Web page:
What's going on?
The UK government presented its budget for the coming year on Monday – potentially the last before it Brexits the European Union (EU) in March – and there were a couple of eye-catching announcements.
What does this mean?
The big news is that the UK’s actually expecting better economic growth in the next couple of years than in 2018 – which may help increase government spending after years of cuts. The UK predicts that its deficit (i.e. the amount it spends beyond what it earns) will drop below 1.4% next year, down from 10% in 2010. A growing economy adding less debt each year frees up cash for things like healthcare without raising taxes… all subject to a favorable Brexit deal, of course.
Why should I care?
For markets: Pound shrugs, tech flinches.
The value of the pound wasn’t too bothered by the budget announcement – it barely moved on Monday, with the terms of Britain’s EU exit likely to be the real driving force behind the currency’s future movements. But there was further woe for global tech companies, with plans to introduce a digital sales tax on goods and services sold online in the UK by larger firms – and shares of Facebook, Amazon, and Google parent Alphabet fell, perhaps pushed lower by the news.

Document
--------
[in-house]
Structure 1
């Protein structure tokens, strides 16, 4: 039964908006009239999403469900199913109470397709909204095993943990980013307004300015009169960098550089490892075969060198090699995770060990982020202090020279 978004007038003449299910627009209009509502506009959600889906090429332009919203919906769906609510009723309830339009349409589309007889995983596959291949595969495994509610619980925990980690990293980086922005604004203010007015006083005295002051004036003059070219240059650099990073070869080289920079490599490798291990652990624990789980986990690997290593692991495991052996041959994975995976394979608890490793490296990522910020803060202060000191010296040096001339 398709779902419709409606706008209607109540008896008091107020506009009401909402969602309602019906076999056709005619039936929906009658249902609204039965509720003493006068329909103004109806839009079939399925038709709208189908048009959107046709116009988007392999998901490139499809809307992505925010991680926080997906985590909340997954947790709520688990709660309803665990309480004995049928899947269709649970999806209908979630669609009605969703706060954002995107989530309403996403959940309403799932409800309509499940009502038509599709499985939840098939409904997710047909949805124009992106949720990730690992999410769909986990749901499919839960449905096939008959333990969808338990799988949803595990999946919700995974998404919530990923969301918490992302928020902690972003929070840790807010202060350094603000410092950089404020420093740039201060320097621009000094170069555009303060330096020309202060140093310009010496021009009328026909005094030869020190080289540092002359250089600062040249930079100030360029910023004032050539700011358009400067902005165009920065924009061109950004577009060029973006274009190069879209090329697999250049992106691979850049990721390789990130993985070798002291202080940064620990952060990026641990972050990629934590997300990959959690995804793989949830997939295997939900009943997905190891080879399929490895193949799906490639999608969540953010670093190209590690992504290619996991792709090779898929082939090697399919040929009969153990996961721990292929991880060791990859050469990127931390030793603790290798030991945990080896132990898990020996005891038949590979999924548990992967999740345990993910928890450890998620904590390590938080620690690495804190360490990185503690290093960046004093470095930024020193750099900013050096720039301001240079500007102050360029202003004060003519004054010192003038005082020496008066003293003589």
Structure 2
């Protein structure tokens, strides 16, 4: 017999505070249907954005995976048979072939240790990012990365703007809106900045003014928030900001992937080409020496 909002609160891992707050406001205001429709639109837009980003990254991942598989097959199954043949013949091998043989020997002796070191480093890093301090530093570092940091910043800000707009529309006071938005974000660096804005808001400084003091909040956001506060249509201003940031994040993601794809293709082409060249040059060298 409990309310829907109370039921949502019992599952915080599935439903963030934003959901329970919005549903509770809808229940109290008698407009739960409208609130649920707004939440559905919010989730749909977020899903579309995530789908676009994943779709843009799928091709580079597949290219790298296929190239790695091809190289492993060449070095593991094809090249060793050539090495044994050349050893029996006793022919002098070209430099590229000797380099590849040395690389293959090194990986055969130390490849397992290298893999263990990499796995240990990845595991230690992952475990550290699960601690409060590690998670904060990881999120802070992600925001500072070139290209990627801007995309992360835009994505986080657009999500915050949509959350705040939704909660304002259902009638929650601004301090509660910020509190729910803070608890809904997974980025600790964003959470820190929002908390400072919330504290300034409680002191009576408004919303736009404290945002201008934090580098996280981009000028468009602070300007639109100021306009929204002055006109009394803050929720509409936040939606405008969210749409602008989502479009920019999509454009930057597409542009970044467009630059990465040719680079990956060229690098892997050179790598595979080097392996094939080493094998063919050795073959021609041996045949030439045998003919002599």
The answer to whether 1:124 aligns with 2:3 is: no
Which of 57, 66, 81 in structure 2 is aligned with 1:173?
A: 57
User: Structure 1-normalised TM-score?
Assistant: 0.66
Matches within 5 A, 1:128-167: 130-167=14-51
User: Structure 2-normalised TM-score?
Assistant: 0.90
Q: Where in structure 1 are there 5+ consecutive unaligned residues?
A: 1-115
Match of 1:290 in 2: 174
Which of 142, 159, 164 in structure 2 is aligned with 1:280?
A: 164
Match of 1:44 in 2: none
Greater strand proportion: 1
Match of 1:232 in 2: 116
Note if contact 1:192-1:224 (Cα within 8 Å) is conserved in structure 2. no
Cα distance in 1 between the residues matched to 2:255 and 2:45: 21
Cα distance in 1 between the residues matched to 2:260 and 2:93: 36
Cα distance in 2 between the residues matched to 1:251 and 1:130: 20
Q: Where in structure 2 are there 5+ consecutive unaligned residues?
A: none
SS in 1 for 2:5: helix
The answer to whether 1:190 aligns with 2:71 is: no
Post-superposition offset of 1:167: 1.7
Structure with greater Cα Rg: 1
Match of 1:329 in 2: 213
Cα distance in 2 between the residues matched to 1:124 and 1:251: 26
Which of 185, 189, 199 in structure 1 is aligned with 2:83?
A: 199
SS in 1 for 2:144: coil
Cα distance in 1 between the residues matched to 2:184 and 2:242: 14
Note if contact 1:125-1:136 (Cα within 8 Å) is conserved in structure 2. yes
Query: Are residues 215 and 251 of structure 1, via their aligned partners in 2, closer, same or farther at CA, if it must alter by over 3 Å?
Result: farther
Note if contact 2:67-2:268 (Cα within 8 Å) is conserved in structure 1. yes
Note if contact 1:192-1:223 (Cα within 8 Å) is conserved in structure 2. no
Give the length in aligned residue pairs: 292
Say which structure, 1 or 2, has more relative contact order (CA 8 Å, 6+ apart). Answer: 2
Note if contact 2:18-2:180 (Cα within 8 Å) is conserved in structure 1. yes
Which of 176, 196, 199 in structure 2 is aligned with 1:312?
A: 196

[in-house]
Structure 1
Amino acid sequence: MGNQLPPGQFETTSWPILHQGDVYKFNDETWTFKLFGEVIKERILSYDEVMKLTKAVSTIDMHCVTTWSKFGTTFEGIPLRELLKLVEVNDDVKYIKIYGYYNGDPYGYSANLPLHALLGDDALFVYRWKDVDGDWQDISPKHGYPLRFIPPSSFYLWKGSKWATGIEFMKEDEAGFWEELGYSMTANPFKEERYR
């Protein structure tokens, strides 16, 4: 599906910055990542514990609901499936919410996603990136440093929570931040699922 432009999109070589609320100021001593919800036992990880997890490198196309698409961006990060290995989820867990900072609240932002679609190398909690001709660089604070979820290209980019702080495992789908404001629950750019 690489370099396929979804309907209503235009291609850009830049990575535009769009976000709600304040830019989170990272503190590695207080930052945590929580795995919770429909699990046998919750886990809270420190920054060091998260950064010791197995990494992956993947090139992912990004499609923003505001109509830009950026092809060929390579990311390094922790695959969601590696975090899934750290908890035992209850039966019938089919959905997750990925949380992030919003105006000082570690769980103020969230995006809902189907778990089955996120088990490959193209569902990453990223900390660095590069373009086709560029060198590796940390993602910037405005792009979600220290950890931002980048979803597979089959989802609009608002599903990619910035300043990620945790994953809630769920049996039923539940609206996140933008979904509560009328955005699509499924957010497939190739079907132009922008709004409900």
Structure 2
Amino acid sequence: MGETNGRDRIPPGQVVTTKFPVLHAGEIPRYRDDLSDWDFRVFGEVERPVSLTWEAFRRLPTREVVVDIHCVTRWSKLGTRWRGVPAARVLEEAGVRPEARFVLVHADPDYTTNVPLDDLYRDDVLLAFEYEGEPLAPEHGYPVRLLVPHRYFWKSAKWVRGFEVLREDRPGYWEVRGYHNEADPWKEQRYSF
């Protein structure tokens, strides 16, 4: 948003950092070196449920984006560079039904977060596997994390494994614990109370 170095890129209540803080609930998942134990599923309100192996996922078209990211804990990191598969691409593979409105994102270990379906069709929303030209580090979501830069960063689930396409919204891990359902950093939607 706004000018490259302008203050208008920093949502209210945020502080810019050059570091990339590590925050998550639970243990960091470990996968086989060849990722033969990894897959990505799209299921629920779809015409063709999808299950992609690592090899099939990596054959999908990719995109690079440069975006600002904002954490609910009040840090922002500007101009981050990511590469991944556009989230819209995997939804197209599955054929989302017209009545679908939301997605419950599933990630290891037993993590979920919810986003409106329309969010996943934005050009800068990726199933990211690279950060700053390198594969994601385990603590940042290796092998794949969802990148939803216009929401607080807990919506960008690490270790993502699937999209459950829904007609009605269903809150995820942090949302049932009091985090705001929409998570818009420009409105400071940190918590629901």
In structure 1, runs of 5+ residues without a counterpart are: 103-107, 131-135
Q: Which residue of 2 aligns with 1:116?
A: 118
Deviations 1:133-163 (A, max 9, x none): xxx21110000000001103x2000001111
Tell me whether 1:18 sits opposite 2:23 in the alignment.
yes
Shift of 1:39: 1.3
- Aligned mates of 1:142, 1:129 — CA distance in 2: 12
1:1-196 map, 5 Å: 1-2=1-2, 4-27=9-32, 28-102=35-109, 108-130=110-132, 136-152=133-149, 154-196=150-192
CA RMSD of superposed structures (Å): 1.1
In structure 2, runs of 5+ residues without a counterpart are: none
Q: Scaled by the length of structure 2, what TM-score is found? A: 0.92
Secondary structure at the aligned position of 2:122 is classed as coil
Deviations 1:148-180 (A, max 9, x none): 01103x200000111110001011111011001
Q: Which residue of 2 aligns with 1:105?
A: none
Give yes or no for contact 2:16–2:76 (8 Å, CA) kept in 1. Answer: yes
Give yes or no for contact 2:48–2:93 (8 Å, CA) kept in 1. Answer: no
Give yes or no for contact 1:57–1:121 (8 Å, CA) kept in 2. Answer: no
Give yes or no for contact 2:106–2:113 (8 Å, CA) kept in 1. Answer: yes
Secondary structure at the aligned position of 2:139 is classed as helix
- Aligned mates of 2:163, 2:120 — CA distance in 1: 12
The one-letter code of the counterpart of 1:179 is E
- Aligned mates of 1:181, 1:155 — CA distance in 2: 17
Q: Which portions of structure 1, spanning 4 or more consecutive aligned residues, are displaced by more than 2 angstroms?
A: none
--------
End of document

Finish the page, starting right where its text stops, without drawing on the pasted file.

The bigger picture: It’s not so smooth on the continent, either.
German Chancellor Angela Merkel said on Monday that she’d step down as leader of her political party after it was hit with losses in regional elections recently. She’s been Germany’s top dog since 2005, but her departure won’t be immediate – she’s likely to remain as such until 2021. The euro fell in value as the news broke (Germany is Europe’s largest economy and leadership changes may signal uncertainty ahead) but recovered along with rising stocks – maybe because there’s a three-year buffer of stability between now and then.